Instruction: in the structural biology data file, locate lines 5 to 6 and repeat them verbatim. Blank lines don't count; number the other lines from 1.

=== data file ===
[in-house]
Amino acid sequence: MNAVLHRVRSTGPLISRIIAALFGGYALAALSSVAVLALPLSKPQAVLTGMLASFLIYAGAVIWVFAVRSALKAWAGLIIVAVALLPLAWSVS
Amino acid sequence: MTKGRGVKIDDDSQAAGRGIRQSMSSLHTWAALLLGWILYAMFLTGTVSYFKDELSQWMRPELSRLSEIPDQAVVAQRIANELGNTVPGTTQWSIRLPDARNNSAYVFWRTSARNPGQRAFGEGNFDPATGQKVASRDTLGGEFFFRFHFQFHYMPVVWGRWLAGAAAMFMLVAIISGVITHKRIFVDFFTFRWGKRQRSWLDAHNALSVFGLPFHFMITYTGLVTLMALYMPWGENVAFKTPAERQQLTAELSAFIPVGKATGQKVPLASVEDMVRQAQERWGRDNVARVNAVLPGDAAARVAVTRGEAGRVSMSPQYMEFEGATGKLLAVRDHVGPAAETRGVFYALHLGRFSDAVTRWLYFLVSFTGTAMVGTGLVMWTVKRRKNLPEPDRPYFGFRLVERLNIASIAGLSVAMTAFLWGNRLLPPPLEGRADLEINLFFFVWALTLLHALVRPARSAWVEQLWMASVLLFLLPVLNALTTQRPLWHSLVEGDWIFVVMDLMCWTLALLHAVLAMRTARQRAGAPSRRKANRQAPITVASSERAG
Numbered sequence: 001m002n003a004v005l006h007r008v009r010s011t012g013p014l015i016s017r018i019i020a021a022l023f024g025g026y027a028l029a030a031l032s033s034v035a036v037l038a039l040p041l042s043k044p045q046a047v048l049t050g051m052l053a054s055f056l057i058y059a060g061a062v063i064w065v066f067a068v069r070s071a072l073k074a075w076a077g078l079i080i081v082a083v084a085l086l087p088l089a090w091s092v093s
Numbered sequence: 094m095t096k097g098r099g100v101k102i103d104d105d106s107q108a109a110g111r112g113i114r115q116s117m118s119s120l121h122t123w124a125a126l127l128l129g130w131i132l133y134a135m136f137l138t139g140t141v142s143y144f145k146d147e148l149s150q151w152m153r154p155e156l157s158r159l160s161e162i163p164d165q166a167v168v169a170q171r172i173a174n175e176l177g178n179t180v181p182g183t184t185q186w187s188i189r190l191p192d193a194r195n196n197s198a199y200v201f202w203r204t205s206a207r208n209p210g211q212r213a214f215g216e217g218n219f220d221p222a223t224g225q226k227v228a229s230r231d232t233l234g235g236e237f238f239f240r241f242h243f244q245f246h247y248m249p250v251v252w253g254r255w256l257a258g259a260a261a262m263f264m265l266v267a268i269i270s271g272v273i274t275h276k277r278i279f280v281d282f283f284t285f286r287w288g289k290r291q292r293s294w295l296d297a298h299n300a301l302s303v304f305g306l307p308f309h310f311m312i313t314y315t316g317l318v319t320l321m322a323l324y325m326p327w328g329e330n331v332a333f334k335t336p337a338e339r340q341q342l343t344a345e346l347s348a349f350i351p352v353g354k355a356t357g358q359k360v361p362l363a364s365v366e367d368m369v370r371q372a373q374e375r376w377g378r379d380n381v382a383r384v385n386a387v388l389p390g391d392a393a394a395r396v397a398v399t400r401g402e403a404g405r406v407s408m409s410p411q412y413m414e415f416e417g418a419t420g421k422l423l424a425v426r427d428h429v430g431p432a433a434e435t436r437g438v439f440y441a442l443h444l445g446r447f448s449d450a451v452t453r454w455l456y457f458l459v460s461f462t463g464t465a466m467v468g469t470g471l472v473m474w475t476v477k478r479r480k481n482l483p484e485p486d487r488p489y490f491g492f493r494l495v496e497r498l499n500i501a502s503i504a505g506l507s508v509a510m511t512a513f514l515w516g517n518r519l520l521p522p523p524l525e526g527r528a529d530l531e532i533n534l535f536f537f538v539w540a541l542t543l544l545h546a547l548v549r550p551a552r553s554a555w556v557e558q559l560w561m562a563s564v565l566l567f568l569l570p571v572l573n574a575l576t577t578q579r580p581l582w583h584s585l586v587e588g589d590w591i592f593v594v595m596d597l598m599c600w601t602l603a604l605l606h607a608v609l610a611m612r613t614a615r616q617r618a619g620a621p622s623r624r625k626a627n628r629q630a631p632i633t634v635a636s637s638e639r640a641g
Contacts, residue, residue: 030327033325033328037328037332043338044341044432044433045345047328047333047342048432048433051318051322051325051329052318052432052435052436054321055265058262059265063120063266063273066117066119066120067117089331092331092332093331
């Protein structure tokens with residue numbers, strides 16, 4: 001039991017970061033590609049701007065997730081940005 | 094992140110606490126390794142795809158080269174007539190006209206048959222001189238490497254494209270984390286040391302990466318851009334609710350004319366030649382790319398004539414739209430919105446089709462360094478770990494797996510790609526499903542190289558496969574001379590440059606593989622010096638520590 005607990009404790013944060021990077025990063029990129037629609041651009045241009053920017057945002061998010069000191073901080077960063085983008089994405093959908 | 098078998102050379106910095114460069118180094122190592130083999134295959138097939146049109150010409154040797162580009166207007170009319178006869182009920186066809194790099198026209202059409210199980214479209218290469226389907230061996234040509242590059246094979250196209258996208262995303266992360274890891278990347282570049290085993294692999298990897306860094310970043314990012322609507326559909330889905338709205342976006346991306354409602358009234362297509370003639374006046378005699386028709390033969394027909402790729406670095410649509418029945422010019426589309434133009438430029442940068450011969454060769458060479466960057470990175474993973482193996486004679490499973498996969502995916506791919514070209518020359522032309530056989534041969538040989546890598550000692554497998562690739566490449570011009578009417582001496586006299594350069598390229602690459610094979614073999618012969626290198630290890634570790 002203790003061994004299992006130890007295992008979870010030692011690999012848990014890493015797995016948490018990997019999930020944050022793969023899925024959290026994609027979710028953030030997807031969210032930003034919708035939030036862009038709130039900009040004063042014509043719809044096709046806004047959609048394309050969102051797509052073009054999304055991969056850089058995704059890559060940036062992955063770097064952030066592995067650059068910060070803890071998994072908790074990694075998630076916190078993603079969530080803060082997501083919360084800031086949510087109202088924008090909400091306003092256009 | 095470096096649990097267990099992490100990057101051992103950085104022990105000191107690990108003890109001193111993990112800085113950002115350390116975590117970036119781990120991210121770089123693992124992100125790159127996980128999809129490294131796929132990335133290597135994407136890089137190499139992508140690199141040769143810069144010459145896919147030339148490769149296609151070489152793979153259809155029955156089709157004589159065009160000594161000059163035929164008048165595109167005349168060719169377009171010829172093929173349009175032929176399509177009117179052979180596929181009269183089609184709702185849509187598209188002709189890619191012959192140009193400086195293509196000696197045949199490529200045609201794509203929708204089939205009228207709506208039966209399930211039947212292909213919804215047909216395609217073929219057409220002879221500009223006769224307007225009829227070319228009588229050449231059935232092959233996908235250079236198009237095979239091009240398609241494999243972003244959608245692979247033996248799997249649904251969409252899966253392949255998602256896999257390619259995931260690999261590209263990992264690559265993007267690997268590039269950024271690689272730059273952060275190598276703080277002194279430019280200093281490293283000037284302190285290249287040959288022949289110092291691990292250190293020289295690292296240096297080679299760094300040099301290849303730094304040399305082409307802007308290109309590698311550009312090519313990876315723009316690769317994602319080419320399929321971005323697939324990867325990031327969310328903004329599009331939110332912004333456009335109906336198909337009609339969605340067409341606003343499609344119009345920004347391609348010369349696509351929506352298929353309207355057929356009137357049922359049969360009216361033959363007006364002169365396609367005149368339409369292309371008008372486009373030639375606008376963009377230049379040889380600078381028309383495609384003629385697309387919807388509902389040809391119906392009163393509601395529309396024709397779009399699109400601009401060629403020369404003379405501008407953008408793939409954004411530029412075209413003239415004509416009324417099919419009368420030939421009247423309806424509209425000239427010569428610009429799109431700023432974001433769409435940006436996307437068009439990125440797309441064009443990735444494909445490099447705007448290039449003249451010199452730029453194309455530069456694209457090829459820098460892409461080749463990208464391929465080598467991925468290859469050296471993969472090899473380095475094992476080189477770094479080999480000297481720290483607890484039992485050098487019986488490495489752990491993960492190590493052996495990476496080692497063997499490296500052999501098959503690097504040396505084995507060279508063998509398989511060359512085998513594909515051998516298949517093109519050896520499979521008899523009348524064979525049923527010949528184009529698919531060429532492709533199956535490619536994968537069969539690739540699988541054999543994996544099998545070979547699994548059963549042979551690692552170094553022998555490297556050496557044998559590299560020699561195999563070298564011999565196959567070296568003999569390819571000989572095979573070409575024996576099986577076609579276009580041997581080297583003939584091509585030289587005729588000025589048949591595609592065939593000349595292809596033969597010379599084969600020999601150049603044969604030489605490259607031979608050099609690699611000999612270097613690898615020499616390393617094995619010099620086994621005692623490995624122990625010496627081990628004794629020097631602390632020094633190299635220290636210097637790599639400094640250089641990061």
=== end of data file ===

Numbered sequence: 094m095t096k097g098r099g100v101k102i103d104d105d106s107q108a109a110g111r112g113i114r115q116s117m118s119s120l121h122t123w124a125a126l127l128l129g130w131i132l133y134a135m136f137l138t139g140t141v142s143y144f145k146d147e148l149s150q151w152m153r154p155e156l157s158r159l160s161e162i163p164d165q166a167v168v169a170q171r172i173a174n175e176l177g178n179t180v181p182g183t184t185q186w187s188i189r190l191p192d193a194r195n196n197s198a199y200v201f202w203r204t205s206a207r208n209p210g211q212r213a214f215g216e217g218n219f220d221p222a223t224g225q226k227v228a229s230r231d232t233l234g235g236e237f238f239f240r241f242h243f244q245f246h247y248m249p250v251v252w253g254r255w256l257a258g259a260a261a262m263f264m265l266v267a268i269i270s271g272v273i274t275h276k277r278i279f280v281d282f283f284t285f286r287w288g289k290r291q292r293s294w295l296d297a298h299n300a301l302s303v304f305g306l307p308f309h310f311m312i313t314y315t316g317l318v319t320l321m322a323l324y325m326p327w328g329e330n331v332a333f334k335t336p337a338e339r340q341q342l343t344a345e346l347s348a349f350i351p352v353g354k355a356t357g358q359k360v361p362l363a364s365v366e367d368m369v370r371q372a373q374e375r376w377g378r379d380n381v382a383r384v385n386a387v388l389p390g391d392a393a394a395r396v397a398v399t400r401g402e403a404g405r406v407s408m409s410p411q412y413m414e415f416e417g418a419t420g421k422l423l424a425v426r427d428h429v430g431p432a433a434e435t436r437g438v439f440y441a442l443h444l445g446r447f448s449d450a451v452t453r454w455l456y457f458l459v460s461f462t463g464t465a466m467v468g469t470g471l472v473m474w475t476v477k478r479r480k481n482l483p484e485p486d487r488p489y490f491g492f493r494l495v496e497r498l499n500i501a502s503i504a505g506l507s508v509a510m511t512a513f514l515w516g517n518r519l520l521p522p523p524l525e526g527r528a529d530l531e532i533n534l535f536f537f538v539w540a541l542t543l544l545h546a547l548v549r550p551a552r553s554a555w556v557e558q559l560w561m562a563s564v565l566l567f568l569l570p571v572l573n574a575l576t577t578q579r580p581l582w583h584s585l586v587e588g589d590w591i592f593v594v595m596d597l598m599c600w601t602l603a604l605l606h607a608v609l610a611m612r613t614a615r616q617r618a619g620a621p622s623r624r625k626a627n628r629q630a631p632i633t634v635a636s637s638e639r640a641g
Contacts, residue, residue: 030327033325033328037328037332043338044341044432044433045345047328047333047342048432048433051318051322051325051329052318052432052435052436054321055265058262059265063120063266063273066117066119066120067117089331092331092332093331